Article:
the action of the haloid acids in gas form upon molybdic acid


and the effects of explosives, or he will frequently be deceived as to the nature of the results obtained. THE ACTION OF THE HALOID ACIDS IN GAS FORfl...
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ACTION OF HALOID ACIDS UPON MOLYBDIC ACID.

At this point I was compelled to cease the experiments and have not since been able to renew the work, but I believe that if these observations could be extended they would prove fruitful not only in interesting but practical results. However, the ohsener must have had a large experience in explosive work and the effects of explosives, or he will frequently be deceived as to the nature of the results obthiiied

THE ACTION OF T H E HALOID ACIDS IN OAS FORll UPON flOLYBDIC ACID. B Y E D G A R 1: S M I T H A N D V I C K F R S OIlCRHOLTZER

Received M a y 4 1R93

Debray ([email protected] rend., 46, 1098, and A n n . Chem. (Liebig) 108, 2 5 0 ) first called attention to the fact that a very volatile, crystalline compound of the forniula hIoO,. 2HC1 resulted upon exposing molybdic acid heated froin I jo” to 200’ to the action of hydrochlori: acid gas. It is true that the constitution of this volatile product may also be represented by the formula Moo( OH),Cl,, which would make it a molybdenum hydroxychloride. Dismissing the question of constitution for the present and considering the point of easy volatility, it seemed to us that this behavior niight be utilized for the separation of niolybdic acid from tungstic acid, a s the latter apparently does not enter into volatile combination with hydrochloric acid gas. IVe therefore exposed weighed amounts of sublimed molybdic acid to the action of the acid gas, and succeeded in expelling the molybdic acid completely from the porcelain boats containing it. Applying the same treatment to what we considered pure tungstic acid we were greatly surprised to find that very appreciable quantities of a sublimate similar in every respect to that of molybdenum hydroxychloride mere expelled from the boat. An examination of this product proved it to be the molybdic acid bornpound. I n short our tungstic acid was not pure. U’e, hoyever, continued to heat portions of it in hydrochloric acid gas until a sublimate was 110 longer obtained, when on mixing molybdic acid in known amount with the iesidual tungstic acid we discovered that we could completely expel the former acid from the latter Our next step WRS to observe the

ACTION OF HALOID ACIDS UPON MOLYBDIC

ACID.

19

effect of heating dry sodium molybdate in hydrochloric acid gas. T h e appended results show a quantitative conversion into sodium chloride, consequently a complete volatilization of the molybdic acid : Na,MoO,. NaCl. NaCl req'd. 0.1302

61

1'

0.2046

I'

'I

0.3845

.......... 0.0738 ........... 0.1038 ........... 0.1159 ............. 0.2186

gram gare at 150-200".

o.1832

''

(6

'' 'I

'(

0.0739 0.1040 0.1162

0.2183

As we were on the point of applying the method to the quantitative separation of molybdic acid and tungstic acid, both present as sodium salts, a closer scrutiny of the existing literature relating to the subject revealed that E. Pechard (Comfit. rend., 114, 173, and Zfsckr. anorg. Ckem., 1, 262) had already carried out the determination of molybdic acid and its separation from tungstic acid in this way with very evident success. Our own experiments confirm those of Pechard in every particular. As previously observed, the tungstic acid that we considered pure contained molybdic acid. Traube (Neues Jakrbud fi2v Mineralogie, Geologie and PaZeonfoZogie,Beitage, Rand 7, 232) has demonstrated that natural calcium tungstate (scheelite) and commercial tungstic acid, obtained from the mineral wolframite, contain molybdic acid. E. Corleis ( A n n . Ckem. (Liebzg,) 232, 265) has shown that the latter acid is even present in the " wolfram's5ure puriss" of trade, while Friedheim (Ztschr. anorg. Ckem., I,7 6 ) asserts that commercial sodium tungstate is strongly contaminated with sodium molybdate, and that even when exercising the greatest care in the process of purification the tungstate continued to show traces of molybdenum. We found molybdic acid present in the purest sodium tungstate that we could get, and in the minerals scheelite and wolframite when these were exposed to the action of hydrochloric acid gas at a temperature not exceeding 400' C. We, therefore, are inclined to regard this method as excellently adapted for the detection of molybdic acid as well as for the purification of tungstic acid and tungstates containing molybdenum. Our original purpose having been the study of the behavior of molybdic acid in atmospheres of all the gaseous haloid acids, we may now briefly recount our experience in those directions.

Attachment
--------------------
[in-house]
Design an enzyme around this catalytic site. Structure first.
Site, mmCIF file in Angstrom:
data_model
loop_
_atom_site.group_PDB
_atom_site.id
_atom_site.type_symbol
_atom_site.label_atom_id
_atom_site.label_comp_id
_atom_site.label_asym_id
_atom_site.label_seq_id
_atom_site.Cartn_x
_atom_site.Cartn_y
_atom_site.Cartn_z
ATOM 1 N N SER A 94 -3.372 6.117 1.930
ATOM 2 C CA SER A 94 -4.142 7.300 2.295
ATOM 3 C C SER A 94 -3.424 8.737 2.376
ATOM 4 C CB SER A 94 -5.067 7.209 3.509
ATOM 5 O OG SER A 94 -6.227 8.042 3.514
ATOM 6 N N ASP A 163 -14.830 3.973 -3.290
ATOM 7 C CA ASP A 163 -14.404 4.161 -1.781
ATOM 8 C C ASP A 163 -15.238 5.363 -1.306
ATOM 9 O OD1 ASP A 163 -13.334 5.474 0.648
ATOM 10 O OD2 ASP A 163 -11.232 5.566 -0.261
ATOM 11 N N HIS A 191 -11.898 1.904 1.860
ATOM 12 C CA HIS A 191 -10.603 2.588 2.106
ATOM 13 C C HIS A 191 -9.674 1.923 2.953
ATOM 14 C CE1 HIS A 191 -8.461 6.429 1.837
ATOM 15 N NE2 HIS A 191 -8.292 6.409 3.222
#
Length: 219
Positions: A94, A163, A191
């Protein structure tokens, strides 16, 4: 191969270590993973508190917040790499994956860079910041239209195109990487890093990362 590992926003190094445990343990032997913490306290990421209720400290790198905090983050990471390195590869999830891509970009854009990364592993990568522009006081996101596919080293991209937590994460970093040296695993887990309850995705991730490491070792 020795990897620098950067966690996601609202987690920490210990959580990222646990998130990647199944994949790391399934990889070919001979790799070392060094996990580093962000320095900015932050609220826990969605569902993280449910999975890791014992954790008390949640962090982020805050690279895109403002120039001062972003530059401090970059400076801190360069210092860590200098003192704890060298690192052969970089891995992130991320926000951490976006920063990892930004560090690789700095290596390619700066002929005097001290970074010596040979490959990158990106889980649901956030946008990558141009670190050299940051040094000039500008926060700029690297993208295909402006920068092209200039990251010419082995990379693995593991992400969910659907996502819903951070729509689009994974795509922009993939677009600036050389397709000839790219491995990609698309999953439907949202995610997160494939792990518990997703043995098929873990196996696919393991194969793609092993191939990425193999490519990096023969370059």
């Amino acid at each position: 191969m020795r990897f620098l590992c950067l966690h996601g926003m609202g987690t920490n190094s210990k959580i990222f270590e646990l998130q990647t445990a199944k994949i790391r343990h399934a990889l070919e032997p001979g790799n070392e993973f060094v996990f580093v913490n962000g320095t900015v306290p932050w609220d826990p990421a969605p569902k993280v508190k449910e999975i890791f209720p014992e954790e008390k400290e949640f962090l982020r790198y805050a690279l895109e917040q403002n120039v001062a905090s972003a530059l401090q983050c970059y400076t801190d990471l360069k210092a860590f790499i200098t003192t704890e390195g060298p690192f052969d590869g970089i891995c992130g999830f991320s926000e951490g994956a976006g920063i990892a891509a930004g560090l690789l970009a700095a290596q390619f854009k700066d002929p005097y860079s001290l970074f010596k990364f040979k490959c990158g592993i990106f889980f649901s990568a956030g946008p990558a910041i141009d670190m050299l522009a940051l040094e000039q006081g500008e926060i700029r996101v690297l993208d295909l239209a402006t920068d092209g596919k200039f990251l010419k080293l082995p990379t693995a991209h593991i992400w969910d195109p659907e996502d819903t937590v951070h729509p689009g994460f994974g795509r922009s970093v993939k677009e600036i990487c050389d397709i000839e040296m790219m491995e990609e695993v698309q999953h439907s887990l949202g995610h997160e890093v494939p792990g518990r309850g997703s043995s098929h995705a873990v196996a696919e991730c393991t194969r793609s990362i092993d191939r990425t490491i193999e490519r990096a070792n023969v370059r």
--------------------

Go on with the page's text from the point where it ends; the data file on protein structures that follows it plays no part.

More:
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ACTION OF HALOID ACIDS UPON MOLYBDIC ACID.

Action of Hydrobromic Acid, in Gas F o r m , upon MoZybdic An'd.-'I'he molybdic acid used by us was purified by converting the commercial acid into the ammonium salt, which was recrystallized a nuniber of times and then ignited with access of air. T h e product was sublinied very carefully from a platinum crucible. T h e hydrobromic acid gas was prepared by dropping bromine from a separatory funnel upon crude anthracene contained in a half-liter flask. It passed through a hard glass tube six inches in length, filled with anthracene, then through the anthracene, then through two U tubes containing a paste of amorphous phosphorus and two U tubes provided with fused calcium chloride, while the sixth or last tube contained phosphoric anhydride. Having completed this circuit it was admitted to a perfectly dry combustion tube into which there had been introduced a porcelain boat filled with niolybdic acid. T h e anterior end of the combustion tube was provided with a calcium chloride tube to exclude all moisture. The heat used in the experinient was applied from a combustion furnace. An ordinary thermometer was placed above the combustion tube ; its bulb rested directly above tlie boat. I n this manner we recorded the approximate temperature at which the reaction took place. As soon as the entire apparatus was filled with the gas, three burners of the furnace, directly under the boat, were lighted, and the heat raised gradually until it reached 200' C. A change took place almost instantly. Immediately beyond the boat appeared 3 heavy subliniate with B color resembling that of permanganate of potassium. Beyond this solid a brownish yellow colored liquid separated ; on cooling it changed to long, beautiful, yellow needles. These proved to be very unstable, melting almost immediately when brought in contact with the air. At the expiration of an hour the passage of the hydrobromic acid gas was interrupted. The permanganate-colored sublimate was removed froin the sides of the tube as completely as possible, introduced into a porcelain boat, and then carefully resublimed in a current of dry carbon dioxide. T h e compound sublimed in fern-like aggregates of beautiful dark red or purple red, shining, overlapping plates, extending from side to side of the combustion tube. They dissolved in